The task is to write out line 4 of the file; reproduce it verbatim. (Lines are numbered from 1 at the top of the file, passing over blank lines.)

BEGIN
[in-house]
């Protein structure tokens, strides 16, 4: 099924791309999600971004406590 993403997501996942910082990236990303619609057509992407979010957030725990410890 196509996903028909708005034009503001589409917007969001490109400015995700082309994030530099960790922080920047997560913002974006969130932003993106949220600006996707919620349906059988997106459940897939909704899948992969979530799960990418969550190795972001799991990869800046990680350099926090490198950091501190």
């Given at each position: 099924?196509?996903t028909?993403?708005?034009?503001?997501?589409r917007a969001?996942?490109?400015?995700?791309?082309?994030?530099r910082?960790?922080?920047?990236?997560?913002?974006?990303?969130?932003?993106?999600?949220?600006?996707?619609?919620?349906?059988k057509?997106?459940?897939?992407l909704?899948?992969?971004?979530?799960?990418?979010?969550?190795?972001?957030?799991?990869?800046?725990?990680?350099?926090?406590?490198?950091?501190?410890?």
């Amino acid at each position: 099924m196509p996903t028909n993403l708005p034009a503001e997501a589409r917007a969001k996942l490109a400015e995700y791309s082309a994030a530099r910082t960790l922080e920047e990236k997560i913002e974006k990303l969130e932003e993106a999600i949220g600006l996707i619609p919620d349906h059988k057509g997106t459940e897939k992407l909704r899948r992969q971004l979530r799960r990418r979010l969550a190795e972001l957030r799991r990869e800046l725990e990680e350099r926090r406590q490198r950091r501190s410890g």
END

């Amino acid at each position: 099924m196509p996903t028909n993403l708005p034009a503001e997501a589409r917007a969001k996942l490109a400015e995700y791309s082309a994030a530099r910082t960790l922080e920047e990236k997560i913002e974006k990303l969130e932003e993106a999600i949220g600006l996707i619609p919620d349906h059988k057509g997106t459940e897939k992407l909704r899948r992969q971004l979530r799960r990418r979010l969550a190795e972001l957030r799991r990869e800046l725990e990680e350099r926090r406590q490198r950091r501190s410890g």